This is a small experiment designed to fix a handful of problems that Mozilla conference calls have:
There's frequently someone in a train station who's unmuted, and thereby ruins the call for everyone until they mute themselves.
Most conference calls use an Etherpad as a back-channel; some use an Etherpad as the front-channel and the conference call as a back channel. However, keeping the audio and Etherpad channels completely separate means that there's frequently someone on one channel who doesn't know how to get on the other. Even if they know the dial-in information, the conference room/PIN, and the Etherpad URL, it's still a hassle to join both channels separately.
Tiny Conference tries to solve the muting problem by making it easy for anyone in the call to mute anyone else. It tries to solve the two-channel problem by using the Twilio Client API to make the audio channel completely Web-based. Combined with Etherpad Lite, the whole experience can be made much more seamless and hassle-free: joining a conference becomes simply a matter of visiting a web page and entering one's name.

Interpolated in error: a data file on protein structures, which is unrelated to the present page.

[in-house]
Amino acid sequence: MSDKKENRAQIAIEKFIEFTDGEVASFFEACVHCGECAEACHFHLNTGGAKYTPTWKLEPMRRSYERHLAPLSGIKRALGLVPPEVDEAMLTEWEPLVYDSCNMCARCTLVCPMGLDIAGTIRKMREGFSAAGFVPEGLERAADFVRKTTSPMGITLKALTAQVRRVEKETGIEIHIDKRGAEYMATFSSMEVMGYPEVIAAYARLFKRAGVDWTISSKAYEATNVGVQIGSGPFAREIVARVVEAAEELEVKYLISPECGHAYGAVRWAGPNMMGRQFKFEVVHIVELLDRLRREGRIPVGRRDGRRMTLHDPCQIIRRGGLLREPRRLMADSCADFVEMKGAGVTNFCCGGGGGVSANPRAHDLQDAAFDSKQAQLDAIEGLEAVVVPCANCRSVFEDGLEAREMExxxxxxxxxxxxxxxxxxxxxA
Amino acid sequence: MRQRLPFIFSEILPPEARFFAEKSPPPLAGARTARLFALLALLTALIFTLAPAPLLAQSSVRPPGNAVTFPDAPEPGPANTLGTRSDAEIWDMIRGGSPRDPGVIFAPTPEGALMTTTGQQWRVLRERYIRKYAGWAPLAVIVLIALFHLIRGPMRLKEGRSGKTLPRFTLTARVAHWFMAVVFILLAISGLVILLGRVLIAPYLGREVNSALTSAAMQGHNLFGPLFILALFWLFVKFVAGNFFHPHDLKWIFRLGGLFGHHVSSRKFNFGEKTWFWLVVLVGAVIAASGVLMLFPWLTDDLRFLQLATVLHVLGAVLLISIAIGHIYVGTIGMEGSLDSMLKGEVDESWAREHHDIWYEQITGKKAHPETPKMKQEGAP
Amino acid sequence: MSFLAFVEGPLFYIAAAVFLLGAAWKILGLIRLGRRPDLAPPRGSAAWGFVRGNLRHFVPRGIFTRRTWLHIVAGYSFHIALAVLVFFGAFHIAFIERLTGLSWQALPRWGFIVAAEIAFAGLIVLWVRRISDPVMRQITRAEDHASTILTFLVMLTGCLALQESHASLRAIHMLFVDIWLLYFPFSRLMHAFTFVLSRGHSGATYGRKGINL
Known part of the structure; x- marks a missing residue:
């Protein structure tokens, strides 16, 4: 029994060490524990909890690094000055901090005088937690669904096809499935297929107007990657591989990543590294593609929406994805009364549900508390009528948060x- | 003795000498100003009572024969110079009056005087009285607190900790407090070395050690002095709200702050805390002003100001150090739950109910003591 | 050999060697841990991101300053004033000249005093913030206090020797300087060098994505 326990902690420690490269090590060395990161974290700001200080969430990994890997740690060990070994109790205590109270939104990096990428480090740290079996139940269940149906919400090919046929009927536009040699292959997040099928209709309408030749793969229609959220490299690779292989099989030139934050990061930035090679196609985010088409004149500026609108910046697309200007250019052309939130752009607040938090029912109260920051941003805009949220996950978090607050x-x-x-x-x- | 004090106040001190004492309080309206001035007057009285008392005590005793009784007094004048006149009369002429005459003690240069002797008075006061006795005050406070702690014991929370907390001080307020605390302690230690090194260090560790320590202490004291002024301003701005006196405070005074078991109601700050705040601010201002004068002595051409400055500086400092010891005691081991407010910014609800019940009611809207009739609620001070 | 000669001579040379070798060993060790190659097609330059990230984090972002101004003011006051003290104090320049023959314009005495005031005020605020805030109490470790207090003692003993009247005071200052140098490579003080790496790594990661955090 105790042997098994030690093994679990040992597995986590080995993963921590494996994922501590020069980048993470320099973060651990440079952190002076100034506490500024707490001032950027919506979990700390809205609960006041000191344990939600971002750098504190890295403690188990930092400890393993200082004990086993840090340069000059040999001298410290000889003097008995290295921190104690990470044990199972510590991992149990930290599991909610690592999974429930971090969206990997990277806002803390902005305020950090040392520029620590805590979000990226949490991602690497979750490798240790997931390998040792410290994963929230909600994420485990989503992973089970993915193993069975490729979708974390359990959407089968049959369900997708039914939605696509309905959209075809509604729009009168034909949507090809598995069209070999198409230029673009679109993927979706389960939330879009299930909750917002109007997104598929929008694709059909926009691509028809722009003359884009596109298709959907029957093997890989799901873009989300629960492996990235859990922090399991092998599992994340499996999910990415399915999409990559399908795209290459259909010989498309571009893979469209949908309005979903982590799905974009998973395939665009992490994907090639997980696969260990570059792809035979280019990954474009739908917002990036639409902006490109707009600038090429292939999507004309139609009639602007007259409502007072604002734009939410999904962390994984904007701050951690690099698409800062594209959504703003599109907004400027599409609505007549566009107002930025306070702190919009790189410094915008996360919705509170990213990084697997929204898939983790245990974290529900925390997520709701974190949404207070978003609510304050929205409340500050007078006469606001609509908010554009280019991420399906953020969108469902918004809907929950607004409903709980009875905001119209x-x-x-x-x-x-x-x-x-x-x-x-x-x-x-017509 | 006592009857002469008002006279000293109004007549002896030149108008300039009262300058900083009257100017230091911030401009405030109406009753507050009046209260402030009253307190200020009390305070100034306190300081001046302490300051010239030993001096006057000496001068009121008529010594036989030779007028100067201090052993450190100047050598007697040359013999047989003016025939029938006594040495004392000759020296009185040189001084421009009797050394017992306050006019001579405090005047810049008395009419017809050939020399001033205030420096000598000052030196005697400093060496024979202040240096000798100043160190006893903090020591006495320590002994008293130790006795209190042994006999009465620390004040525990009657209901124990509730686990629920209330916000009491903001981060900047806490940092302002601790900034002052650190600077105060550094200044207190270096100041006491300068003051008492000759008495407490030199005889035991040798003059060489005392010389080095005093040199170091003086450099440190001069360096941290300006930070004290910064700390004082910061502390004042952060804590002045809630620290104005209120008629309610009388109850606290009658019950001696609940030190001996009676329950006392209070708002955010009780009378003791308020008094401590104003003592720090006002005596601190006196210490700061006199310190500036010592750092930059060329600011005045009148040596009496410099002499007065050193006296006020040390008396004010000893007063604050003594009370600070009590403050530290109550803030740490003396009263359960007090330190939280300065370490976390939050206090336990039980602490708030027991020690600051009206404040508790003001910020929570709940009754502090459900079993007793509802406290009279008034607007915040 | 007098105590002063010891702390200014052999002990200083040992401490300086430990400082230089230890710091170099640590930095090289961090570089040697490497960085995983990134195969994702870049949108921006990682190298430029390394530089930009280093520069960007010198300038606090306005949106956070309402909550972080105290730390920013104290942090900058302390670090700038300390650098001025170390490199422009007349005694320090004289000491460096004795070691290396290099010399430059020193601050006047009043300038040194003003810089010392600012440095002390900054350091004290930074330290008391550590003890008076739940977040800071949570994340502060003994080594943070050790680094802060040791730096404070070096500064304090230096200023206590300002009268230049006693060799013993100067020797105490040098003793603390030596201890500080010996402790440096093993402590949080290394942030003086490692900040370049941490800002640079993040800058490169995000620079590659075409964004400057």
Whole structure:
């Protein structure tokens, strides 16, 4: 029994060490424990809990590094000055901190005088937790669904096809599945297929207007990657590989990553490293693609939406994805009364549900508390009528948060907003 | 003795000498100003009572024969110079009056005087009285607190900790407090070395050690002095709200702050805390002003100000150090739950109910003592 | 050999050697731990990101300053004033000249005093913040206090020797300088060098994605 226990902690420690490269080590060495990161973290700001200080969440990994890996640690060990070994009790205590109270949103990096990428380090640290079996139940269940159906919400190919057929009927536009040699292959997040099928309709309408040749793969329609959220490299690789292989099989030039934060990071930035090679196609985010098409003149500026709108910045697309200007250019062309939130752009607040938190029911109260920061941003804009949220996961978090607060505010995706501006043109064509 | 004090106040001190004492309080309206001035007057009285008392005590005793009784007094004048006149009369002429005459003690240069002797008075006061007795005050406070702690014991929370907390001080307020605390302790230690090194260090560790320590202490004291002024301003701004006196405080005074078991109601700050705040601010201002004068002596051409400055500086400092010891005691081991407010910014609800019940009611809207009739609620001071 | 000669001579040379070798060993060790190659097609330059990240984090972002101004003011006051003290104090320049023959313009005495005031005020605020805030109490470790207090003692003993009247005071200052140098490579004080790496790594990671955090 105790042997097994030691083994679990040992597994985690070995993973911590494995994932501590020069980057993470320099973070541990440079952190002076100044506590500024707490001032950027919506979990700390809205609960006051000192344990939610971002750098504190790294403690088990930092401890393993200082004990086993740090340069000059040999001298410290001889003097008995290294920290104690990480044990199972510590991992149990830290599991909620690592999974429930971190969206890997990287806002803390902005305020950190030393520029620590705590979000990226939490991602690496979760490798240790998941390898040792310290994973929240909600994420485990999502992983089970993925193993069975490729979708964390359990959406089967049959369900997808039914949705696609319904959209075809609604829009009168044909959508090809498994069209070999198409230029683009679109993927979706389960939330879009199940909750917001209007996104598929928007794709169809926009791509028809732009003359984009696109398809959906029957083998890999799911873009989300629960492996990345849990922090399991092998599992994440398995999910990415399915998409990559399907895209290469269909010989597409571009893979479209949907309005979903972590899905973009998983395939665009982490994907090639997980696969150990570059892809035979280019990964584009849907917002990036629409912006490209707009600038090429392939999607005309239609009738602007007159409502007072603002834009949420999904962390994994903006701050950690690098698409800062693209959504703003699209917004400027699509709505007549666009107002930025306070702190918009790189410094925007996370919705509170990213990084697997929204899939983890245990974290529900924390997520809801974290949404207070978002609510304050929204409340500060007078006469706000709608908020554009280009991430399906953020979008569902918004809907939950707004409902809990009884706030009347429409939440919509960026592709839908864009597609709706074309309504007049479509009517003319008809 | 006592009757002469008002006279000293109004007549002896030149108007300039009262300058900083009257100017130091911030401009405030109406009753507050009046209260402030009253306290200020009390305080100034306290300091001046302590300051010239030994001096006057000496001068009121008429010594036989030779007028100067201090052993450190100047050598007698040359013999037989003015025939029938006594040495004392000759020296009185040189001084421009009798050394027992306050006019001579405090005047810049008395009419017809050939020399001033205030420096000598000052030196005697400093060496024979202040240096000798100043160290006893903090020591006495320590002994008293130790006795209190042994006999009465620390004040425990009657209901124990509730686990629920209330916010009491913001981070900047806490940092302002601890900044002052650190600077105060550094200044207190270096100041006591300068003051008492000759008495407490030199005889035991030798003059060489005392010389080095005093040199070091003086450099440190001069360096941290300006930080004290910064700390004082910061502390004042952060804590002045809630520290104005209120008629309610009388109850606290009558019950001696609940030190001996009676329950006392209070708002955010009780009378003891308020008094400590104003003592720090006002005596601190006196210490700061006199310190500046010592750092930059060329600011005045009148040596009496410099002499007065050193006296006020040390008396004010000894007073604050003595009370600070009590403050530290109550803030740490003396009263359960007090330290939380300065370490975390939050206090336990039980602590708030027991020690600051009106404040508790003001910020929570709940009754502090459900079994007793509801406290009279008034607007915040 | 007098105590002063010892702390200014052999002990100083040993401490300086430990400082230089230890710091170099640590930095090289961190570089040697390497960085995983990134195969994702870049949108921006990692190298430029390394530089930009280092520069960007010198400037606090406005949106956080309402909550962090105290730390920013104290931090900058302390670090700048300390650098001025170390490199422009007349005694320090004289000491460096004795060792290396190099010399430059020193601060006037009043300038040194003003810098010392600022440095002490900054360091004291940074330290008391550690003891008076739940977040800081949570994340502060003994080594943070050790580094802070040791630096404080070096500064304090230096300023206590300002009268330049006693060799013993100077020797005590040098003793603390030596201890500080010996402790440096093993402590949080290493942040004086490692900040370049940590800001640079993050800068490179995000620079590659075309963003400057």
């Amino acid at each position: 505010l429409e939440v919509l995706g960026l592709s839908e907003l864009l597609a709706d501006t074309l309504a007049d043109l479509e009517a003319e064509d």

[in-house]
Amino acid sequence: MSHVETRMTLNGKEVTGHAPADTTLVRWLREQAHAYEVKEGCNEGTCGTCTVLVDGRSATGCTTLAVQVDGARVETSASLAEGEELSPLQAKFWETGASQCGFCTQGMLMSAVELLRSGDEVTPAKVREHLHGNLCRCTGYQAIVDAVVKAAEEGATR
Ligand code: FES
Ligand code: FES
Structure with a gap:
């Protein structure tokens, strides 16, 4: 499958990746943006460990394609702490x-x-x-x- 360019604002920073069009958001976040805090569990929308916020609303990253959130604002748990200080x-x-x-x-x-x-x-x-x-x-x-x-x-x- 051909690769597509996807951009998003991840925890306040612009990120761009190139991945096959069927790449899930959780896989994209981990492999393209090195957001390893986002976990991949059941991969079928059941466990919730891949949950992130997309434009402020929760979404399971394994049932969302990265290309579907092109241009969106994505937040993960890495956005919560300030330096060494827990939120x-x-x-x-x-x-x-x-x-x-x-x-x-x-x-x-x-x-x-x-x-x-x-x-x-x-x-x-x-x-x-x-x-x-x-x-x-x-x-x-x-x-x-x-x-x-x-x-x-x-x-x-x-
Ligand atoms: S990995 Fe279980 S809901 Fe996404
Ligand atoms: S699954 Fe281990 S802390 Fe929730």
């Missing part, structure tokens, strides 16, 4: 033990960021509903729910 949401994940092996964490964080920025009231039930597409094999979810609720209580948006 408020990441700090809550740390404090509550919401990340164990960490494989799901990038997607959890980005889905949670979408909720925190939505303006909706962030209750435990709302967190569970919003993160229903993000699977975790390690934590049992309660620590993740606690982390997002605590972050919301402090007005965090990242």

- Etherpad Lite
First, you'll want to set up a Twilio app with a Voice URL that points to an XML file containing the following:
<Response> <Say>Joining a conference room</Say> <Dial> <Conference>MyRoom</Conference> </Dial> </Response>
Then, run the following at a shell prompt:
git clone git://github.com/toolness/tiny-conference.git cd tiny-conference npm install npm test cp config.js.sample config.js
config.js as necessary, and then run:
node_modules/.bin/up -w -n 1 app.js
Then visit http://localhost:3000/.
So far, there are tons of limitations to this app. Here are a few.
The app can only currently host one conference call with a single Etherpad back-channel; it can't be used to host multiple simultaneous conferences with different Etherpad back-channels.
The UI needs to make the user's mute-state more obvious to them.